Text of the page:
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Gut. 2003 Jun;52(6):840-6.

Card15 gene overexpression in mononuclear and epithelial cells of the inflamed Crohn's disease colon.

Author information

1
Service d'Anatomie et de Cytologie Pathologiques, Hôpital Robert Debré, Paris, France. dominique.berrebi@rdb.ap-hop-paris.fr

Abstract

BACKGROUND:

Crohn's disease is one of the principal human chronic inflammatory bowel diseases. Although its aetiology is still unknown, its complex pathogenesis has environmental, immunological, and genetic determinants. CARD15 is the first susceptibility gene implicated in the predisposition to Crohn's disease and is known to be expressed only in monocytes. However, its expression in situ has not yet been studied.

AIMS:

To analyse the tissue distribution of CARD15 and identify cells producing CARD15 in samples of colon from patients with Crohn's disease and control subjects.

PATIENTS AND METHODS:

We analysed CARD15 gene expression in surgical specimens of colon from eight children with Crohn's disease and nine controls by immunohistochemistry, in situ hybridisation, and reverse transcription-polymerase chain reaction (RT-PCR).

RESULTS:

We showed that CARD15 was present only in the cytoplasm of macrophages in the normal colon. Increased CARD15 expression was detected in Crohn's disease lesions. There were more CARD15 positive cells in Crohn's disease lesions than in uninvolved areas. Both intestinal epithelial cells, macrophages, and their derivatives overproduced CARD15 in Crohn's disease. To further assess CARD15 expression by intestinal epithelial cells, we performed RT-PCR on freshly isolated intestinal epithelial cells, and showed that these cells isolated from Crohn's disease samples contained more CARD15 mRNA than intestinal epithelial cells from controls.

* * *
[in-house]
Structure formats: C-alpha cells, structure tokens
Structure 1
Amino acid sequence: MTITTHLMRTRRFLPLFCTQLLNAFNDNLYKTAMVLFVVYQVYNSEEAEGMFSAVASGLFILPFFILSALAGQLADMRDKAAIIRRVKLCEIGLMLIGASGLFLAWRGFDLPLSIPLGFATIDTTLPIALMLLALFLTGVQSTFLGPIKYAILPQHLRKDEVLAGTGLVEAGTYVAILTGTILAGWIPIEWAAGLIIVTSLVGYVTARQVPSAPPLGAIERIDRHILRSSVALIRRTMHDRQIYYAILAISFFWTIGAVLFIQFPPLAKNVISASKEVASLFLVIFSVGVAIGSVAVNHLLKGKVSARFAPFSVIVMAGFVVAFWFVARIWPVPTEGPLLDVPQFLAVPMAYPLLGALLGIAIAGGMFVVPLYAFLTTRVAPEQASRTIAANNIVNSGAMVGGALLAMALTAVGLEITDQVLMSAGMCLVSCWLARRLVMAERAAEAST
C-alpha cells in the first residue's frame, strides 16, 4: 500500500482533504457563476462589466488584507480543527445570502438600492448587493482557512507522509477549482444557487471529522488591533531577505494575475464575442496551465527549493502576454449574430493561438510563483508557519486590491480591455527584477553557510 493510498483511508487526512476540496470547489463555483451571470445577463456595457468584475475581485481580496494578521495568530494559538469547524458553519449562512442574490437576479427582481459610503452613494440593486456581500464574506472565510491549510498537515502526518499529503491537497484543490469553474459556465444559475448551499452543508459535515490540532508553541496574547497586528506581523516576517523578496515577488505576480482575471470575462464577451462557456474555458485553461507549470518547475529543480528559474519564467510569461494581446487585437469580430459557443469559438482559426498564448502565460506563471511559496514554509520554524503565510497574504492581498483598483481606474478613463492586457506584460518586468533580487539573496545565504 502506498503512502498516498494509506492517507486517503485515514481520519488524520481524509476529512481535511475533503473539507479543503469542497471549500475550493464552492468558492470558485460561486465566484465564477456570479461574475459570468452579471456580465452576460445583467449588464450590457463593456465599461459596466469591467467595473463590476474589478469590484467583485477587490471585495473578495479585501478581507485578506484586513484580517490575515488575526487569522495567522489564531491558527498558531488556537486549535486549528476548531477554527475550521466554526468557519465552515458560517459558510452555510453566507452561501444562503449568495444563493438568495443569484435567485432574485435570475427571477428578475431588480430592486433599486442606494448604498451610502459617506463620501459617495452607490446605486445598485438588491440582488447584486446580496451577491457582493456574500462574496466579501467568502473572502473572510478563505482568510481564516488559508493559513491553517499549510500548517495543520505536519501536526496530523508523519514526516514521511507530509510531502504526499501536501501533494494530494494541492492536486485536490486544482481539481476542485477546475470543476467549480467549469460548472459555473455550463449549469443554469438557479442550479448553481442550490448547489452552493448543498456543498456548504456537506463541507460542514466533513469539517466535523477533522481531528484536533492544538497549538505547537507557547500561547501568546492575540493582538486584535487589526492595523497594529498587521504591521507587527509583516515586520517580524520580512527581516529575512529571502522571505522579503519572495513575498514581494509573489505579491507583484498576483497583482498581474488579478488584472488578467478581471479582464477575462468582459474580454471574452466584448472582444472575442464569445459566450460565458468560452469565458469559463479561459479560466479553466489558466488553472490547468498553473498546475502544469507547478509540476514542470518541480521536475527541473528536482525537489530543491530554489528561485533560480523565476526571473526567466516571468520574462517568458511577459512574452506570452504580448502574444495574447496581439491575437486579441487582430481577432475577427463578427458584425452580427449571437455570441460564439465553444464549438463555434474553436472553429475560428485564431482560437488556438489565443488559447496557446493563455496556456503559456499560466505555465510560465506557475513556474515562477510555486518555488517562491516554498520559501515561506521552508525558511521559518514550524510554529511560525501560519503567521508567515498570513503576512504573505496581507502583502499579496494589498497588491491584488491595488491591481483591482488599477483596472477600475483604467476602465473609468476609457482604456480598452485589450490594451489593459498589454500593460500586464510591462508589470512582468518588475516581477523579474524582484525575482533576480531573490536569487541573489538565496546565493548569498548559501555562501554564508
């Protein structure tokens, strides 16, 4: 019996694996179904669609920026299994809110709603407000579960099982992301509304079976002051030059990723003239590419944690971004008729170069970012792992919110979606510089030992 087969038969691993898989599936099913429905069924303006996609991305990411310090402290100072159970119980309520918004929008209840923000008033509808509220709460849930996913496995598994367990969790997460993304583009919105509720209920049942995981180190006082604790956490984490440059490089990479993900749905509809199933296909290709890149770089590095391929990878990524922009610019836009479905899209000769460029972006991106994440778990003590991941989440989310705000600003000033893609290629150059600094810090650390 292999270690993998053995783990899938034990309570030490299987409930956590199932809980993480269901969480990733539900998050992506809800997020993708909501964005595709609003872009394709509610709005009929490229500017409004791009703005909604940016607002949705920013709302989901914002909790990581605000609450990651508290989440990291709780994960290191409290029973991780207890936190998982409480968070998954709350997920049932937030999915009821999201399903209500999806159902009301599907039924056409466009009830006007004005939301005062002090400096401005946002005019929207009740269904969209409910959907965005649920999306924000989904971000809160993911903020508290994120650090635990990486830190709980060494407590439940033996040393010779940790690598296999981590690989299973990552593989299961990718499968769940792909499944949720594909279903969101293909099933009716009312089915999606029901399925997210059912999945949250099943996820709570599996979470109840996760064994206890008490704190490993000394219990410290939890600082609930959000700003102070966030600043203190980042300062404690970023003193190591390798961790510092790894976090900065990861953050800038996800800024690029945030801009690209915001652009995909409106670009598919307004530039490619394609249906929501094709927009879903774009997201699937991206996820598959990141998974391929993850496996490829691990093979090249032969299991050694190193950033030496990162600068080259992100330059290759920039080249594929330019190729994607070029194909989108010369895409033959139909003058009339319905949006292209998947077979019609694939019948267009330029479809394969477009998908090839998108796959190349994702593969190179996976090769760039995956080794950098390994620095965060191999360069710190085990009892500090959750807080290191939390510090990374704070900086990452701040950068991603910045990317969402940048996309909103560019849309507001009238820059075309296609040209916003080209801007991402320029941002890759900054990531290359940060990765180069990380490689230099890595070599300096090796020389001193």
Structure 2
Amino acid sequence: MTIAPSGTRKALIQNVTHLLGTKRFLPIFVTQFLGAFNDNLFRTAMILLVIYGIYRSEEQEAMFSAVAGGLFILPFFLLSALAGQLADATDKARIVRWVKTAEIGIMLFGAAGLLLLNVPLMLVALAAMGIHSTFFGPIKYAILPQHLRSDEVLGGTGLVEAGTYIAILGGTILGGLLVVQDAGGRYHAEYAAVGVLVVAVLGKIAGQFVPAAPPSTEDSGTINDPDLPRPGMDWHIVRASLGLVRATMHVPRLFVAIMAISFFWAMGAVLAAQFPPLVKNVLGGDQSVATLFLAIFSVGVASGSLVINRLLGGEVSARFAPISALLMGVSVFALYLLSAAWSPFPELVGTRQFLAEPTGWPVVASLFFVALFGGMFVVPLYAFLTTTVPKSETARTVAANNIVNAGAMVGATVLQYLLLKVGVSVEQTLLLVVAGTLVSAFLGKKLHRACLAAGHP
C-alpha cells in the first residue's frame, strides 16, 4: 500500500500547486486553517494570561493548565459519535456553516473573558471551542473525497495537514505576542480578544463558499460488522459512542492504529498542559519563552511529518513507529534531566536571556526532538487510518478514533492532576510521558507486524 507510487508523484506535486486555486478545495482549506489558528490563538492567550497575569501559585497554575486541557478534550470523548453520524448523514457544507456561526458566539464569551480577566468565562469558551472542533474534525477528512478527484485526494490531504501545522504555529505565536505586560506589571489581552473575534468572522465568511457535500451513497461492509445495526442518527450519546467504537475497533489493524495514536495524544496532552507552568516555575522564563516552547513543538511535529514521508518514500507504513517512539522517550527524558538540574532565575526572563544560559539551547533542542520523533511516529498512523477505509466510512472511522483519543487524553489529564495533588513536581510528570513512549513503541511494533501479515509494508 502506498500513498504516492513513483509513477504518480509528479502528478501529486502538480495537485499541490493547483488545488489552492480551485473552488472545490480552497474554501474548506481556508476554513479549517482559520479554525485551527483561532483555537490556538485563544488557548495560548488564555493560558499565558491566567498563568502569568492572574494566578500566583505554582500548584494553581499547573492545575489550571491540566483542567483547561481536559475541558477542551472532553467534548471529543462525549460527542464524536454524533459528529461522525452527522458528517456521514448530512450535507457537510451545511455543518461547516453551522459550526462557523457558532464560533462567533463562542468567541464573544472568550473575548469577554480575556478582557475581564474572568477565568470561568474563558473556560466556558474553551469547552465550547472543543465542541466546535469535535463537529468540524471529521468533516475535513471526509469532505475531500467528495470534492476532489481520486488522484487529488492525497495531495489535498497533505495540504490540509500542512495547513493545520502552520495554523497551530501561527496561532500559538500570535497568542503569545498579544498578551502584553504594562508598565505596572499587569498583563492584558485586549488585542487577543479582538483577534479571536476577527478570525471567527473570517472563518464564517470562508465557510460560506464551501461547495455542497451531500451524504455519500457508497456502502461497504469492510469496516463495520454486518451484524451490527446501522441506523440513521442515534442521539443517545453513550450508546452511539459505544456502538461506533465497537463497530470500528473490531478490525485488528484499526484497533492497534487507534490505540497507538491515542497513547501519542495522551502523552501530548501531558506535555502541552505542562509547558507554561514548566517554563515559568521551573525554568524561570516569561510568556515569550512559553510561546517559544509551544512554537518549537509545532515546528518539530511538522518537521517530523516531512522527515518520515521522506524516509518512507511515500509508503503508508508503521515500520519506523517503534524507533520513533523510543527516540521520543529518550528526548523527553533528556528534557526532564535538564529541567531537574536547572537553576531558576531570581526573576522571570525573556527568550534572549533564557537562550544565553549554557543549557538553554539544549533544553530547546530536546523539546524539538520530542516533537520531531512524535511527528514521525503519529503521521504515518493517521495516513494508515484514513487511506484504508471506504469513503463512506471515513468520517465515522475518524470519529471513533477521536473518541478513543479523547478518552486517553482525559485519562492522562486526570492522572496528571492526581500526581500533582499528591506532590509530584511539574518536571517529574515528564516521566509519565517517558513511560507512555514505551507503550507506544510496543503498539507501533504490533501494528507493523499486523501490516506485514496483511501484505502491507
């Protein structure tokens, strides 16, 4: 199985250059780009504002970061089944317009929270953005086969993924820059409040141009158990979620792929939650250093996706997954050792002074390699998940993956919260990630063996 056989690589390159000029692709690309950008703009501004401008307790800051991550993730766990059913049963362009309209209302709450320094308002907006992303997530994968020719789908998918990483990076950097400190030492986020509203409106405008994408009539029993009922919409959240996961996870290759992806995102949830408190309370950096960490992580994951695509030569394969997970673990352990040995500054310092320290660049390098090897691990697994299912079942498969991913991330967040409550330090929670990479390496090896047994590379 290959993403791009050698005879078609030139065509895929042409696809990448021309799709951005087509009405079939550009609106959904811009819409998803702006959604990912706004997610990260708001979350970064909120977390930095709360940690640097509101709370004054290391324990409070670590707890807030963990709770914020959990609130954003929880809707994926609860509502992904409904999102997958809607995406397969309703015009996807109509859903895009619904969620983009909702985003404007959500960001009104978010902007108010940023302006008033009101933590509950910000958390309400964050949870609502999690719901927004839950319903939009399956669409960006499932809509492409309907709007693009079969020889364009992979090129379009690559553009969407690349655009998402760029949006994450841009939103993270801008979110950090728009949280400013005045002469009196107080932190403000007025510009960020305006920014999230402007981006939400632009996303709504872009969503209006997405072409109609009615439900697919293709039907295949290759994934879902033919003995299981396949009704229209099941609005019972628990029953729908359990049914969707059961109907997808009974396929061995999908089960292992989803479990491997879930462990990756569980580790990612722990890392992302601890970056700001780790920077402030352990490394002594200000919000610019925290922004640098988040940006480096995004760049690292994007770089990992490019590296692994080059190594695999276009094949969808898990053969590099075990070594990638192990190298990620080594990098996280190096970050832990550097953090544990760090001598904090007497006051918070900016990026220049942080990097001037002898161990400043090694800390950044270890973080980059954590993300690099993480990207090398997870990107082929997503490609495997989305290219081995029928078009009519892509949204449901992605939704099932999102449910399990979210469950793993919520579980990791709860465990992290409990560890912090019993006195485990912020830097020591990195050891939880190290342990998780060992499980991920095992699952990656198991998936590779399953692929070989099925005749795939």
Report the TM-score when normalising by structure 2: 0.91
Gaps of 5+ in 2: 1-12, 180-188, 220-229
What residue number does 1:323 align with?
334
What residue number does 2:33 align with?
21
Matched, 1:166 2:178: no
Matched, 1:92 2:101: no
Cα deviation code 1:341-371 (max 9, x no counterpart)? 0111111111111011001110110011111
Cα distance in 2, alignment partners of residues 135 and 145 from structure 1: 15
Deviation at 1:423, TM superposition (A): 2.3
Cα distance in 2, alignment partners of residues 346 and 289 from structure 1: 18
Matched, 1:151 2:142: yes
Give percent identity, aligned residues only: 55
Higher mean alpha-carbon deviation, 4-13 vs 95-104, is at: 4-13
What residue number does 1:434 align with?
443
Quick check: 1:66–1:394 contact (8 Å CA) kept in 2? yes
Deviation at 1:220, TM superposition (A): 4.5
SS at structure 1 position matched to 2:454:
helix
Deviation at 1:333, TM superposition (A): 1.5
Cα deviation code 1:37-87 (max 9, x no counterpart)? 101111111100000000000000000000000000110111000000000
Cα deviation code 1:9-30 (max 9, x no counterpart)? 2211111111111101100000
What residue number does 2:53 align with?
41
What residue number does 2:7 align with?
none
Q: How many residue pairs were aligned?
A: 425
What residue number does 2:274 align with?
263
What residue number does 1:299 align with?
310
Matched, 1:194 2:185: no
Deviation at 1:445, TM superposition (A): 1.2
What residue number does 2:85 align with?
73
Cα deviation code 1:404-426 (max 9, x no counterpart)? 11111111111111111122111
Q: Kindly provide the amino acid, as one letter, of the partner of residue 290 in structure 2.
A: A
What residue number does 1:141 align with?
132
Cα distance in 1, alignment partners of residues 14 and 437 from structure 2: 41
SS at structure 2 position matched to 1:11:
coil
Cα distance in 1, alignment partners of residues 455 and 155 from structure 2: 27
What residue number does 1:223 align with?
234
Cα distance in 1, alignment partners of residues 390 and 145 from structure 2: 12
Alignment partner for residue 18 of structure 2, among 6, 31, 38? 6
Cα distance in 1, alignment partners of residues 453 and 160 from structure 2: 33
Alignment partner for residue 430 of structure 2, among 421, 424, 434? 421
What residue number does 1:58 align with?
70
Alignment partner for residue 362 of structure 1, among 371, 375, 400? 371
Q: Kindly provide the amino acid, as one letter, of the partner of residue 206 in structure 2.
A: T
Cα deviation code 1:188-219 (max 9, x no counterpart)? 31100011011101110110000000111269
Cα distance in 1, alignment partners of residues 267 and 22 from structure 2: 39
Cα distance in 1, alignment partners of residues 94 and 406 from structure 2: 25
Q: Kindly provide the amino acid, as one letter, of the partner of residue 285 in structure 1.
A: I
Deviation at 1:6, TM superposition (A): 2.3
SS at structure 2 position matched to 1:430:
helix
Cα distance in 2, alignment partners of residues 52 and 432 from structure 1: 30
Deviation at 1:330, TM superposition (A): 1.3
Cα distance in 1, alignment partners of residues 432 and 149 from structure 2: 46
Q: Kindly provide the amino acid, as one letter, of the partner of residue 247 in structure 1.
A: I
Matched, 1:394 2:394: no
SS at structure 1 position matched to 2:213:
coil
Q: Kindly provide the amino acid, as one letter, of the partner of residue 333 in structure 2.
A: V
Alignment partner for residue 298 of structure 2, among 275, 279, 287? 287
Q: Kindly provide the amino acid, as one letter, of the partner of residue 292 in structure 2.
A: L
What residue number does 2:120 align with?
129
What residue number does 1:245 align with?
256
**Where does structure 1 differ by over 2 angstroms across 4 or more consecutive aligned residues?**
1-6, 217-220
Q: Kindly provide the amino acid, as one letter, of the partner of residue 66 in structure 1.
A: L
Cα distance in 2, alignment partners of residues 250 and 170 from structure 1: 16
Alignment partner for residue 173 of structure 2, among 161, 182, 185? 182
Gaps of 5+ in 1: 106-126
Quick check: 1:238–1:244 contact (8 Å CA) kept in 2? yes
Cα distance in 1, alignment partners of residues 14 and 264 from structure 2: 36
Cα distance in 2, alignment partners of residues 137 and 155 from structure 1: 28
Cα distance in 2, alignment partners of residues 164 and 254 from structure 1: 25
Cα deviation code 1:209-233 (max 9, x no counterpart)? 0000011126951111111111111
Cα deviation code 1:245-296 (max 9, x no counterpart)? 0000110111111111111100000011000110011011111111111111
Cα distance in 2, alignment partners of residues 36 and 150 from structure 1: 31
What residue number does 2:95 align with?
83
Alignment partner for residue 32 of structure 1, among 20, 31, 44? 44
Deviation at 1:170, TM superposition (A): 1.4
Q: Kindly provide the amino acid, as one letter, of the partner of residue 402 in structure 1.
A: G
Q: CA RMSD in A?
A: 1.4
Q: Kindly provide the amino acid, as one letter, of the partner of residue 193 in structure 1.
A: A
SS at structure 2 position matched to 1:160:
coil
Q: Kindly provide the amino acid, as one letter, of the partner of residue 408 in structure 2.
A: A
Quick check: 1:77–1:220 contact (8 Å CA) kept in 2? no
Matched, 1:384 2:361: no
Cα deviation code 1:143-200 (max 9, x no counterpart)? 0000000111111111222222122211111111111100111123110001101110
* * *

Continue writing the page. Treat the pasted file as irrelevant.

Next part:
CONCLUSIONS:

We have demonstrated that colonic involvement in active Crohn's disease is associated with increased CARD15 gene expression in both macrophages and intestinal epithelial cells. Therefore, this deregulation can affect the host-environment interaction and thus contribute to the pathogenesis of this disease.

PMID:
12740340
PMCID:
PMC1773666
[Indexed for MEDLINE]
Free PMC Article
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